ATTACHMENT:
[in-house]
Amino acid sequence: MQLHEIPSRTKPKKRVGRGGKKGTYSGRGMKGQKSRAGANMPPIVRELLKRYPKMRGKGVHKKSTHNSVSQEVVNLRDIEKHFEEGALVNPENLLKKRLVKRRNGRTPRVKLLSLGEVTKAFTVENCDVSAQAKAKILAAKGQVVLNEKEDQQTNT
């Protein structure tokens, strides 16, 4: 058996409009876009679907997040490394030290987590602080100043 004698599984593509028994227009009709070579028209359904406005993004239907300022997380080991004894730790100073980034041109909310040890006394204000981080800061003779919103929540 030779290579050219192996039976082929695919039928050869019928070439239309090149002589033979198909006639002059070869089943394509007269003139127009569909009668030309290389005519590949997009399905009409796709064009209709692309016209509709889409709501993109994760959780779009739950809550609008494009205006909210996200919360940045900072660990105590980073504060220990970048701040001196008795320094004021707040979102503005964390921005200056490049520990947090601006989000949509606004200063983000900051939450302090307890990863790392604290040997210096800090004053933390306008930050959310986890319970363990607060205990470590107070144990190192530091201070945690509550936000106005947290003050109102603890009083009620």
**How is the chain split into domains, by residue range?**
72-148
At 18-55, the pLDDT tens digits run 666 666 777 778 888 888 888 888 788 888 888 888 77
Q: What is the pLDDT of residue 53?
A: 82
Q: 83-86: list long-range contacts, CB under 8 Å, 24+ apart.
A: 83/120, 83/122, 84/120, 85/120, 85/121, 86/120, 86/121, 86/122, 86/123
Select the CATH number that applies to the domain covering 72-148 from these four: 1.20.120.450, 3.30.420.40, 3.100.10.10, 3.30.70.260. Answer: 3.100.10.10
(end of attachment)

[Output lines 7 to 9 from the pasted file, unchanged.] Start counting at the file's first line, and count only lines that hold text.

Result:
Q: What is the pLDDT of residue 53?
A: 82
Q: 83-86: list long-range contacts, CB under 8 Å, 24+ apart.